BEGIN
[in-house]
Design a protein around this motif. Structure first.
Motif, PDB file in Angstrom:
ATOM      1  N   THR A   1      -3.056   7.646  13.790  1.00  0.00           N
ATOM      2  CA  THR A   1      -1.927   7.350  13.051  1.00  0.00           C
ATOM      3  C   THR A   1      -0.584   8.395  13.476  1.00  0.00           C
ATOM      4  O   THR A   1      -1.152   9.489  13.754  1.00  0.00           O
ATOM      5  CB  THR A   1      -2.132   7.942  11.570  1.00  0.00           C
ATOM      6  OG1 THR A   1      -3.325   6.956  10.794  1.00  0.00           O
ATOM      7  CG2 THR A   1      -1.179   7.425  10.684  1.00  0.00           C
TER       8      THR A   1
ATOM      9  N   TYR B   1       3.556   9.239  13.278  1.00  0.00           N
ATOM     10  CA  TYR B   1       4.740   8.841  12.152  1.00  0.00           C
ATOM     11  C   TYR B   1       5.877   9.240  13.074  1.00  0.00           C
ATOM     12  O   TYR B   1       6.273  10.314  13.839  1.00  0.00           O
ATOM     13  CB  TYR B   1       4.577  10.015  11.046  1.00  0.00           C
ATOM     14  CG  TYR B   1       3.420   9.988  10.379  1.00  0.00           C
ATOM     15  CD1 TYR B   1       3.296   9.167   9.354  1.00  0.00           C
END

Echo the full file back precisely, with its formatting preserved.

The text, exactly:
[in-house]
Design a protein around this motif. Structure first.
Motif, PDB file in Angstrom:
ATOM      1  N   THR A   1      -3.056   7.646  13.790  1.00  0.00           N
ATOM      2  CA  THR A   1      -1.927   7.350  13.051  1.00  0.00           C
ATOM      3  C   THR A   1      -0.584   8.395  13.476  1.00  0.00           C
ATOM      4  O   THR A   1      -1.152   9.489  13.754  1.00  0.00           O
ATOM      5  CB  THR A   1      -2.132   7.942  11.570  1.00  0.00           C
ATOM      6  OG1 THR A   1      -3.325   6.956  10.794  1.00  0.00           O
ATOM      7  CG2 THR A   1      -1.179   7.425  10.684  1.00  0.00           C
TER       8      THR A   1
ATOM      9  N   TYR B   1       3.556   9.239  13.278  1.00  0.00           N
ATOM     10  CA  TYR B   1       4.740   8.841  12.152  1.00  0.00           C
ATOM     11  C   TYR B   1       5.877   9.240  13.074  1.00  0.00           C
ATOM     12  O   TYR B   1       6.273  10.314  13.839  1.00  0.00           O
ATOM     13  CB  TYR B   1       4.577  10.015  11.046  1.00  0.00           C
ATOM     14  CG  TYR B   1       3.420   9.988  10.379  1.00  0.00           C
ATOM     15  CD1 TYR B   1       3.296   9.167   9.354  1.00  0.00           C